Autodesk 123D Make

I’ve been mucking around with Autodesk 123D Make:
http://www.123dapp.com/make

It’s a pretty good ‘slow-prototyper’. You import the CAD file and tell it how you want it made, and it produces the part files as slices as an *eps or *pdf file, according to the material dimensions you have (in this case 2mm boxboard to be cut in a laser cutter 1200mm x 600mm):

You then glue the parts/ slices together (this is the ‘slow prototype’ part). The program automatically numbers the parts and provides pin guide holes and guide lines:

It can be messy with the glue (and wiping away the excess) and because I laser cut the parts, the cut boxboard stinks as a result and there is a lot of ash on the part edges that gets all over your hands. I’ve experimented on a previous model, filling and painting, using a non-water based spakfiller (so the boxboard doesn’t swell) and the results are OK but not presentation model standard- even light sanding can cut through the paint to the primer and back to the boxboard:

One advantage is that it is really cheap, $15 worth of boxboard and $25 worth of laser cutting. I feel that this size (‘head size’) is probably the smallest you’d want to go as the resolution/ fiddlyness ratio gets too hard . Great for kids. You can also make hollow models and interlocking parts, these are really fiddly though.

None of the pics are showing up for me. Anyone else seeing them…

Yes. Browsing online.

There they are… loaded this time. Sorry…

Hmmm, super interesting.

Recalls Cubis LOM Laminated Object Manufacturing, cutting and adhering layers of paper together, solid woodlike models.

Jaime, given your experience with the 123Make process, what do you think of the Pepakura process for a similar part? I like the fact that although faceted, you have more visual flow across the “grain” of the surfaces.


Super Halloween inspiration. http://microjuanan.aletia8.com/2009/pepakura-gigantes-y-cabezones-3d/
pepakura11.jpg

Pepakura always looked too hard/ fiddly/fragile, especially that it’s paper. Stuff like this:

and every tab needs to be glued or taped together, to make this:

Pepakura software is cheap but 123D Make is free. There’s no size limits really with 123D Make, as it depends on the material dimensions and what size you can cut, and this affects the resolution quality. This is 1mm resolution:

c0mpared to 10mm:

That said though, on that http://www.therpf.com link you provided (which is a great site b.t.w) there are lots of projects where they apply resin to the Pepakura paper to harden it, and then hours and hours of filler/ sanding/ painting, but they can get sensational results.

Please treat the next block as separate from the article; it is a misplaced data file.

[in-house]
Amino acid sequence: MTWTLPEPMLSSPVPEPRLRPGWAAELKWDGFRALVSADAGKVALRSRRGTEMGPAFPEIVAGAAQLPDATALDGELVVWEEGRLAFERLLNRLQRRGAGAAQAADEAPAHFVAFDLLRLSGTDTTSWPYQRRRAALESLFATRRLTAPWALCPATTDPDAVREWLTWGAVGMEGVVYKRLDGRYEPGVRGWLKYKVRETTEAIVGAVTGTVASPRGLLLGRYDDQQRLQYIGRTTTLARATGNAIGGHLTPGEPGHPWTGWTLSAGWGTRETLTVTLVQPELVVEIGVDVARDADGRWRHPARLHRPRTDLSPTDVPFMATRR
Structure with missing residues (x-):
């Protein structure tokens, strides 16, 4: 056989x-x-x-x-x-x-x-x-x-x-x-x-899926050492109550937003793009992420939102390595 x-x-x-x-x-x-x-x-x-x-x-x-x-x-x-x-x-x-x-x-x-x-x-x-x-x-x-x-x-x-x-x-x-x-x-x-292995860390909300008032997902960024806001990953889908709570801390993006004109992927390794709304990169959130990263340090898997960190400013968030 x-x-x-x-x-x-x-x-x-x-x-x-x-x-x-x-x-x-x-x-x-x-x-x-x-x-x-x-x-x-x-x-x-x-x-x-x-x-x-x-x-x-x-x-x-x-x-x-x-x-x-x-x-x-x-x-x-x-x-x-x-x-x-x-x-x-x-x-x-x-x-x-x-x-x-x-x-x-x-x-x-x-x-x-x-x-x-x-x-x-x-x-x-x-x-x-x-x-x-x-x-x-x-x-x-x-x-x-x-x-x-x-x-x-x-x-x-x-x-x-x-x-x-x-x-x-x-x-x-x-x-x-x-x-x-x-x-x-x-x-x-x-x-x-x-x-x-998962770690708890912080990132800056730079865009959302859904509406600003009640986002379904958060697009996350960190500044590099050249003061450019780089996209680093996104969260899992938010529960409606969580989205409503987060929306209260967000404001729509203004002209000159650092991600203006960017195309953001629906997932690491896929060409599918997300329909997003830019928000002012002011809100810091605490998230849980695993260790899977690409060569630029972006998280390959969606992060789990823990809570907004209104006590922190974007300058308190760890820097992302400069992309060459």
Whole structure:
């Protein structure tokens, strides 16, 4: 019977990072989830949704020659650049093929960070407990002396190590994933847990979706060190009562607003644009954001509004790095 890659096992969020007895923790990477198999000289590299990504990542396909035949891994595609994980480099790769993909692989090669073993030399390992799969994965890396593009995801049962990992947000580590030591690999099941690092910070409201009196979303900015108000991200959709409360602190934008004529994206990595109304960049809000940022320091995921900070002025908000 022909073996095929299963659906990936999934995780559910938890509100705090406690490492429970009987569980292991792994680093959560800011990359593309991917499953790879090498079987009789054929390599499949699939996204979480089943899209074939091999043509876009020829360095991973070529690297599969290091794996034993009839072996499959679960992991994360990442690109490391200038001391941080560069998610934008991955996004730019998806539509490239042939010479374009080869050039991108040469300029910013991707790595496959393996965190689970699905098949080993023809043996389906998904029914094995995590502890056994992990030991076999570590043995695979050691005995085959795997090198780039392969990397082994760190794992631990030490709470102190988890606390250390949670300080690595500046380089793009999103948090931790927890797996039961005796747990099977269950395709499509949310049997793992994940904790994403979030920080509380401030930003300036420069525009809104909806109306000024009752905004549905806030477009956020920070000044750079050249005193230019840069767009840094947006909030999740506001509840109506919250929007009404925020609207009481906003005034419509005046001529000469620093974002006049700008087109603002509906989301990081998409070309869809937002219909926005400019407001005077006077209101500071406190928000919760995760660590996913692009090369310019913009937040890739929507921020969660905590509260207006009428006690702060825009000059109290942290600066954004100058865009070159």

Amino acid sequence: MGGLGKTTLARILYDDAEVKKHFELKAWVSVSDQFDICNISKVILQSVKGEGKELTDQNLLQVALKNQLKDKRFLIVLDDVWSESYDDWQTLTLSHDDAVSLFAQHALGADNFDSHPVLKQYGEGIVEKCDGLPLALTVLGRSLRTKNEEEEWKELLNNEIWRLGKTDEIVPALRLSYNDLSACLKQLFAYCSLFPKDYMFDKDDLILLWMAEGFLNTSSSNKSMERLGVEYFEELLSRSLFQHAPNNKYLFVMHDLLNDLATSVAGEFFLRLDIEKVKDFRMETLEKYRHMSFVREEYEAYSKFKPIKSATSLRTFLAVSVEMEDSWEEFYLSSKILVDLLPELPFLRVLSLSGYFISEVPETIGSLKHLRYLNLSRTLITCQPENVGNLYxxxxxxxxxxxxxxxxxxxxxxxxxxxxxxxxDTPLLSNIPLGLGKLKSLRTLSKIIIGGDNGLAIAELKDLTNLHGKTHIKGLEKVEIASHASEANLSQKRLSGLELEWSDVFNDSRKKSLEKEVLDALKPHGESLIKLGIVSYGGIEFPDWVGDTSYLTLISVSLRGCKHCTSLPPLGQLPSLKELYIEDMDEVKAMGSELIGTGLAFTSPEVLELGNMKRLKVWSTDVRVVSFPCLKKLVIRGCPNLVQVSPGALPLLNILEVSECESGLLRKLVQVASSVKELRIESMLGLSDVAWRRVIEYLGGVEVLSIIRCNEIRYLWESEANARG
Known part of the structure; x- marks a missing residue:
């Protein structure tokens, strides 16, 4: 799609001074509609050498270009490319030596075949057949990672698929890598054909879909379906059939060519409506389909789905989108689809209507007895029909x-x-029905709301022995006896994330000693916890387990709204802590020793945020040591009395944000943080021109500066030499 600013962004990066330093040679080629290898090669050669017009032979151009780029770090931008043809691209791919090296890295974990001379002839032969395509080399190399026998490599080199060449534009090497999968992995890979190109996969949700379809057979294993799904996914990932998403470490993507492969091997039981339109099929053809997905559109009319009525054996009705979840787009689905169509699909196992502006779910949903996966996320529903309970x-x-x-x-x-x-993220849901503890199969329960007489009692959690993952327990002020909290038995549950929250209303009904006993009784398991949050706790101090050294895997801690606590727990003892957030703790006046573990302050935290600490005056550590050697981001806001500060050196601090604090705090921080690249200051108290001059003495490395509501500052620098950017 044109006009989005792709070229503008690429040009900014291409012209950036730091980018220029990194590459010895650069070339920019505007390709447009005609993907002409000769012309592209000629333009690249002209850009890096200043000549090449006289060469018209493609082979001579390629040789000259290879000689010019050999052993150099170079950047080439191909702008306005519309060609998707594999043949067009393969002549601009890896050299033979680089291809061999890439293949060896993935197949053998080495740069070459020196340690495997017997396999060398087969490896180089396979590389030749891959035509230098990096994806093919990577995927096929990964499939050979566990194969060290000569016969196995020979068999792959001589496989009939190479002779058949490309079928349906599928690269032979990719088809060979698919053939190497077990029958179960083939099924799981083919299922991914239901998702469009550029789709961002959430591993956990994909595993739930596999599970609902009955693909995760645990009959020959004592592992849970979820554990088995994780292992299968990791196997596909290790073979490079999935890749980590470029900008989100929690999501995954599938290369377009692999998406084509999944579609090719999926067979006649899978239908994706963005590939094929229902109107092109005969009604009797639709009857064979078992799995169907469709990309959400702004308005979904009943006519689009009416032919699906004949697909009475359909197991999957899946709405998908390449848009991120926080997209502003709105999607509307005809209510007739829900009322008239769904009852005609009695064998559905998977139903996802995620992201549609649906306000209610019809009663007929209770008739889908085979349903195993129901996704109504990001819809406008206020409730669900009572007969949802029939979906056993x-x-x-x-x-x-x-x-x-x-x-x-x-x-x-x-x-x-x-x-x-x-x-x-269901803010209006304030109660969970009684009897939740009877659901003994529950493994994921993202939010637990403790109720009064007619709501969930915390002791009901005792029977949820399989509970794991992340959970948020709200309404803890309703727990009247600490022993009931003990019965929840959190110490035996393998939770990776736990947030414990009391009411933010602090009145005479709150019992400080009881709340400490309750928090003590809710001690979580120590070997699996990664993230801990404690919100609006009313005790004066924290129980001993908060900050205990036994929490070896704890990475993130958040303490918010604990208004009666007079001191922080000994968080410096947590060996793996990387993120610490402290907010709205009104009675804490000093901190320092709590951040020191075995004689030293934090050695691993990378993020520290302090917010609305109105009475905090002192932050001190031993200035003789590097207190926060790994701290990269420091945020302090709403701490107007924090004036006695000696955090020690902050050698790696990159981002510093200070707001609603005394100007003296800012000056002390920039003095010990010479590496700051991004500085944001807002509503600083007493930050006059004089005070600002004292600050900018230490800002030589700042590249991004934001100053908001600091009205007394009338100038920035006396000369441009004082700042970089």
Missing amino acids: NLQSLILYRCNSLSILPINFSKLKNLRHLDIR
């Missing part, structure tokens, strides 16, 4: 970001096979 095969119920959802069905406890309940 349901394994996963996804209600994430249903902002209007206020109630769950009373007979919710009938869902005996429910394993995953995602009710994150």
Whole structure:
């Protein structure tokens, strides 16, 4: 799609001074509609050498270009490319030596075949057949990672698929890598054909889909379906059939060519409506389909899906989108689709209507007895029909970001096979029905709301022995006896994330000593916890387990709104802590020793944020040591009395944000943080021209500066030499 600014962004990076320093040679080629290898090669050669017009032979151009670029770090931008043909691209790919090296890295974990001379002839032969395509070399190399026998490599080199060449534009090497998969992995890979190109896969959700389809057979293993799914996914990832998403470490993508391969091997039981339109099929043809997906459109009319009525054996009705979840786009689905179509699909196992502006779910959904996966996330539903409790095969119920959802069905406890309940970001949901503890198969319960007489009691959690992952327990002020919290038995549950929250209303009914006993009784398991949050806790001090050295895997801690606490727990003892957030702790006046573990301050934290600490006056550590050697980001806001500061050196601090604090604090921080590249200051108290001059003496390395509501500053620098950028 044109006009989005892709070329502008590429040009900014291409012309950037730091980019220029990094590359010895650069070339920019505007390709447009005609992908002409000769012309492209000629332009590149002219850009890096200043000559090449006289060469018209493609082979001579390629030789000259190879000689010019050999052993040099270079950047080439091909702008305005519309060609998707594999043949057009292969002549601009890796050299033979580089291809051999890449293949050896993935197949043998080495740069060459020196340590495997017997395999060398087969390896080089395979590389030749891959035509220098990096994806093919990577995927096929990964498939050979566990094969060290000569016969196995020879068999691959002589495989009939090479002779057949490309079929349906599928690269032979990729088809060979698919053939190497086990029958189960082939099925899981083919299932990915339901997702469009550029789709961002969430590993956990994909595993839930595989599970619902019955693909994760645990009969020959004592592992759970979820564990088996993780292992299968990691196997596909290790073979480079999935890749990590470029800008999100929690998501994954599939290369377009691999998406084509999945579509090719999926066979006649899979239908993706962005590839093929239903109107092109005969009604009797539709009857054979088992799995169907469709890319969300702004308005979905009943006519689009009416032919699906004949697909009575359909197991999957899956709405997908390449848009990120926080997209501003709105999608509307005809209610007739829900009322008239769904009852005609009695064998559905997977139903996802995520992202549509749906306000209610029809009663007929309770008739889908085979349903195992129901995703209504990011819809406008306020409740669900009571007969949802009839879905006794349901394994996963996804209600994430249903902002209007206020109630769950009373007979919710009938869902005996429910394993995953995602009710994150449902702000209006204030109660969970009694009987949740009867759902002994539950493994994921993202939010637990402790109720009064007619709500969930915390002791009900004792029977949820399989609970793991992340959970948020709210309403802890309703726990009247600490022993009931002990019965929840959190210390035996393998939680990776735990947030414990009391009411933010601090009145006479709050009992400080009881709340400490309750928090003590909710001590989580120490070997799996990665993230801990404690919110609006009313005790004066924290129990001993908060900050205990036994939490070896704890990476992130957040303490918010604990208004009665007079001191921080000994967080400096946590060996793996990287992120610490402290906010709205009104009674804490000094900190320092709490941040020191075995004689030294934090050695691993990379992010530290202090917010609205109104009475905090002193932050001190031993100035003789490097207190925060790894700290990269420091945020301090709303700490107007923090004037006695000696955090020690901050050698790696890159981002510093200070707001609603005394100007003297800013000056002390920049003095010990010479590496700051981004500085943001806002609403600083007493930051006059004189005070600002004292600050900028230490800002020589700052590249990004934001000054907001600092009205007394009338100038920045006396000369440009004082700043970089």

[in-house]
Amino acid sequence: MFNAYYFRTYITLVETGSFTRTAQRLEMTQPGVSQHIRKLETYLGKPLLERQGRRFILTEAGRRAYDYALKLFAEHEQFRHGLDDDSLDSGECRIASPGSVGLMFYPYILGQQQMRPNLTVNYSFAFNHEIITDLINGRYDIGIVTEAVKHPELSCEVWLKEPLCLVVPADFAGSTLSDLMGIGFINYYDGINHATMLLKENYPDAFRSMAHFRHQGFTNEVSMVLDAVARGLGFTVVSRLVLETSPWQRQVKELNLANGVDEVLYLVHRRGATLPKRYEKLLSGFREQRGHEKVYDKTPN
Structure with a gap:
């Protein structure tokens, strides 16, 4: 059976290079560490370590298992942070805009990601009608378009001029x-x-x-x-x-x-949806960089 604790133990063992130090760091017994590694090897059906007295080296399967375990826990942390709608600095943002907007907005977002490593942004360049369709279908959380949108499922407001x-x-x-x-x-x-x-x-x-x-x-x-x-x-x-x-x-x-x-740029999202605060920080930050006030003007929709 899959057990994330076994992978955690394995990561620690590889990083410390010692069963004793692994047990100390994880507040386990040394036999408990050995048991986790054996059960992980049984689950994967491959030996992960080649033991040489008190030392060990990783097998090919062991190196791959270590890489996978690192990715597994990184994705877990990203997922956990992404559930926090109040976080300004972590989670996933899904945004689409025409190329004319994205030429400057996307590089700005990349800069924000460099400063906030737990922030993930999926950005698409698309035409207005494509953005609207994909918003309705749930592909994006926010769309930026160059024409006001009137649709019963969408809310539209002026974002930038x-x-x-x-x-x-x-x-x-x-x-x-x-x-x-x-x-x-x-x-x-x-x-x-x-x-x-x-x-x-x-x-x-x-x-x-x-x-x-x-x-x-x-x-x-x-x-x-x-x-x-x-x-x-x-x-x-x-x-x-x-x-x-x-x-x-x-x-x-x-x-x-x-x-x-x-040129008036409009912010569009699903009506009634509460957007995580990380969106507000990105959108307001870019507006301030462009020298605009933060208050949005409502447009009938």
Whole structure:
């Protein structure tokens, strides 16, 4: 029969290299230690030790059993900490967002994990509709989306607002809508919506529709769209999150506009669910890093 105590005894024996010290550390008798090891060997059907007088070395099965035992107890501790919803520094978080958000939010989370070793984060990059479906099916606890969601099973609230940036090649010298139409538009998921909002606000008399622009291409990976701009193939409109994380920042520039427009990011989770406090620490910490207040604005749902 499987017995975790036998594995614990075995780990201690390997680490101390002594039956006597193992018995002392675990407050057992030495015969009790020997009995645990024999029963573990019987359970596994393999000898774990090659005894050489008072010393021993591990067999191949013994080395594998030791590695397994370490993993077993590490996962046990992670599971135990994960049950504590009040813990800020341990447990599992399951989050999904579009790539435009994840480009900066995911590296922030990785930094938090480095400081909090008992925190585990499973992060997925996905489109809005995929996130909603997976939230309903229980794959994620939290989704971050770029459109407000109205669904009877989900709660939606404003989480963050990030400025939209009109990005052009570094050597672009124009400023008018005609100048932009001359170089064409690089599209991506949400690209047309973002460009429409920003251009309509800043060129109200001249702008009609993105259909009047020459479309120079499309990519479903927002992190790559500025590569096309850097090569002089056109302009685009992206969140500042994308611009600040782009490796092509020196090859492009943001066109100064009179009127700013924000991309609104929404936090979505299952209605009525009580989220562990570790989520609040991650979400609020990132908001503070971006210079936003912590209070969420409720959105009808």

Both are for ‘makers’ or hobbyists. If you don’t have access to CAD or laser cutters etc., Pepakura only needs a printer, sticky tape and scissors, and there is a big community of stuff. 123D Make with cad skills and a laser cutter is faster and easier, and only a tiny bit more expensive.

For students making things like 1:5 scale car models, 123D Make I think is great.

Shaw, do you think you could use it for your helmet work?

123Make: For parts of the work yes, certainly quick testing a new headform fit, the negative space inside a helmet, this would be a good method to be able to experiment and fit to actual users. External volumes, I don’t see the utility so much as they are evaluated on the surface interactions. There would be a good application for building from wood layers as a basis for final modeling clay structure, offset a few mm inside.

A few years ago I used the “Contour” command in Rhino to generate the cross sections and built a layered volume model, looks like 123Make has taken a better step in automating that.

Built a set of 1:1 saddle models this last week using 123D Make, 9mm pvc foam sheets stacked and laminated. Sitting on and iterating a design with this kind of quick proofing works well. Quite cool, thanks for the reminder about this program.

One warning about 123D Make. Imported models larger than a sheet of paper arrive at a random (small) scale factor and need to be manually re-sized in order to match design intent.